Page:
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Wi-Fi offloading is a technique used by wireless carriers to basically reduce usage of their cellular networks by having you use your home or free local Wi-Fi hotspots for your smartphone’s data connection. 

It’s expected that 5G services will be handing-off connections to Wi-Fi networks at a staggering pace. The reason is because in all likelihood cellular providers won’t be able to keep up with user’s bandwidth demands, forcing them to embrace Wi-Fi network offloading, which is more commonly referred to as Hotspot 2.0 or Passpoint.

It works by seamlessly transitioning a user device’s cellular connection over to Wi-Fi whenever in range of an access point (AP) configured for Passpoint (this is most common in large cities, public transportation areas, airports and shopping malls). In fact, Cisco predicts 71% of 5G traffic will be offloaded to Wi-Fi networks (up from 59% of today’s 4G traffic). In other words, a majority of cellular data users will actually be using  a nearby Wi-Fi hotspot for much of the time without knowing it.

Unfortunately, this means 5G users could become more vulnerable to Wi-Fi cybercriminals due to offloading.

For service providers, offloading data traffic frees network capacity while continuing to provide the level of service their customers expect. Retailers, businesses and landlords find value in facilitating data traffic offload by providing their patrons and residents the connectivity they need, where and when they need it.

People expect ubiquitous wireless connectivity everywhere they are, and buildings without mobile connectivity may be less attractive to enterprises and tenants.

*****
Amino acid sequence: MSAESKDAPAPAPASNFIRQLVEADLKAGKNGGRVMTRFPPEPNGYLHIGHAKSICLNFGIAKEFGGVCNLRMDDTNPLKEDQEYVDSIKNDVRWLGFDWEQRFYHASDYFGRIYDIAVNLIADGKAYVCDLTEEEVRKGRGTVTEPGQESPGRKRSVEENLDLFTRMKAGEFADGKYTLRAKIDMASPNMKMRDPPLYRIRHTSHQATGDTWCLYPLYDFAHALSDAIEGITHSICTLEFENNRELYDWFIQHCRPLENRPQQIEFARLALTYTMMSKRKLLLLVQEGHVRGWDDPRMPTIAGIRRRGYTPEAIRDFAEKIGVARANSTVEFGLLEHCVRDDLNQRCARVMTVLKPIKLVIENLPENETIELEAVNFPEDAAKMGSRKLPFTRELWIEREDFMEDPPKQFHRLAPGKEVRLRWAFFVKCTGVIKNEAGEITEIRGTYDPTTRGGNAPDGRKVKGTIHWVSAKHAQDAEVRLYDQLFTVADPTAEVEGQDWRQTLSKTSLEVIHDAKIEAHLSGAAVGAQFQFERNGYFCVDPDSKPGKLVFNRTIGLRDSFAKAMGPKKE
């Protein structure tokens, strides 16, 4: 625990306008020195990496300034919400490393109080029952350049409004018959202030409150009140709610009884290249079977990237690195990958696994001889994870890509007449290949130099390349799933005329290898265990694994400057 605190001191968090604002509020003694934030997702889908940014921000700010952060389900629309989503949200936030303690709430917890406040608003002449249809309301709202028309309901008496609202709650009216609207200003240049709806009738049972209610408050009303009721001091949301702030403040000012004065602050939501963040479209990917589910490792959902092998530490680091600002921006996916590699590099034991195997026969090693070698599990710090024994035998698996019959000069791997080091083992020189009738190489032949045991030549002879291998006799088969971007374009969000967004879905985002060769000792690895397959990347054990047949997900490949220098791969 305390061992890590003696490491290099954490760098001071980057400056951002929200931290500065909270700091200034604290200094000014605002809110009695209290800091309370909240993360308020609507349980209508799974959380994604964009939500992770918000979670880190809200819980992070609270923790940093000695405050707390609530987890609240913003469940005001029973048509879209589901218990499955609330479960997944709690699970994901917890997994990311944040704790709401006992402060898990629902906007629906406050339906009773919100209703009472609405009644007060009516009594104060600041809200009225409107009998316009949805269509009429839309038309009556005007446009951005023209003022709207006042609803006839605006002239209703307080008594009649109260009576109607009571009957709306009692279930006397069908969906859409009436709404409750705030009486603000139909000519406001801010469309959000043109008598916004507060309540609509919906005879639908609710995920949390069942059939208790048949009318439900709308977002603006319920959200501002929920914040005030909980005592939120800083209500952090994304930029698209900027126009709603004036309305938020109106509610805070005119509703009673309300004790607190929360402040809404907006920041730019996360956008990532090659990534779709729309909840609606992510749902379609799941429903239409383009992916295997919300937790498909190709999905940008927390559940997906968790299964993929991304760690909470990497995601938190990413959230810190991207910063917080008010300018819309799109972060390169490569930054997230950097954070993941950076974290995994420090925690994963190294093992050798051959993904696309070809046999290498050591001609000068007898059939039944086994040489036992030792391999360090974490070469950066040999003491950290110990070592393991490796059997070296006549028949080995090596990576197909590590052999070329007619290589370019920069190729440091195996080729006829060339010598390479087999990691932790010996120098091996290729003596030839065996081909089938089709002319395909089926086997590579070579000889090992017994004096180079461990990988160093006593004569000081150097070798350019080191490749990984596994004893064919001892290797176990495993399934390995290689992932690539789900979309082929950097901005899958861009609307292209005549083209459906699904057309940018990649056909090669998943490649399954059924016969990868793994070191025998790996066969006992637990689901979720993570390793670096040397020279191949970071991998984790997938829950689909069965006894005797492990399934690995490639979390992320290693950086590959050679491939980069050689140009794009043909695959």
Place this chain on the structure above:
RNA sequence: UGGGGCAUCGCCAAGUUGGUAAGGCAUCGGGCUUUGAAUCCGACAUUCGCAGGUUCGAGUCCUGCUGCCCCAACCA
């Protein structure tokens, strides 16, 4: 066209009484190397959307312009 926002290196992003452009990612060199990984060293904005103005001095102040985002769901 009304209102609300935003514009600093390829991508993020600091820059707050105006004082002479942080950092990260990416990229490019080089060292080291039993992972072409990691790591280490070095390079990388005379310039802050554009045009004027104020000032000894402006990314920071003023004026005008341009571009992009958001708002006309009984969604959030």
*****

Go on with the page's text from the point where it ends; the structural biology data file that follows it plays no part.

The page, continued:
Offloading allows customers to make and receive calls and texts over Wi-Fi or other local connections. Often customers aren’t even aware they are making a Wi-Fi call.

Indoor, offloaded networks benefit customers by providing a seamless, out-of-the-box experience using their existing phone and phone number, and extending connectivity into areas where cellular and public-safety networks often don’t reach. Future improvements in Wi-Fi calling will provide a seamless handover between available Wi-Fi and LTE networks along with high-quality voice and next-generation calling features.

Cellular operators have long embraced Wi-Fi as an offload strategy, and several major carriers are supporting the Wi-Fi Alliance’s Passpoint service, which automatically moves users to a Wi-Fi service when available.

Visitors from different nations whose cellular providers have no roaming agreements or technology compatibility with U.S. terrestrial networks already use Voice over Wi-Fi when coming into the U.S. to avoid expensive roaming fees.

While some automated soft handovers are available today, as LTE-A releases 16, 17, and 18 roll out and IP-based hard handovers become possible, the seamless use of indigenous Wi-Fi networks for stand-alone and aggregated sessions will enable BYOD users with capped data plans to roam onto any open, available networks.

Want to know more about 5G Wi-Fi Offloading? Tonex offers 5G Wi-Fi Offload Training, a 2-day course that provides an in-depth technical overview of emerging Wi-Fi offload solutions applicable to 5G macro cells and HetNets applications.

Additionally, Tonex offers 20 more cutting edge 5G Wireless courses with titles like:

D2D Communications Training (2 days)

LTE Advanced Pro Training (3 days)

5G Cybersecurity Bootcamp (4 Days)

5G NR Training (2 days)

C-RAN Training (2 days)

Mobile Broadband Transformation Training Bootcamp (4 days)

For more information, questions, comments, contact us.

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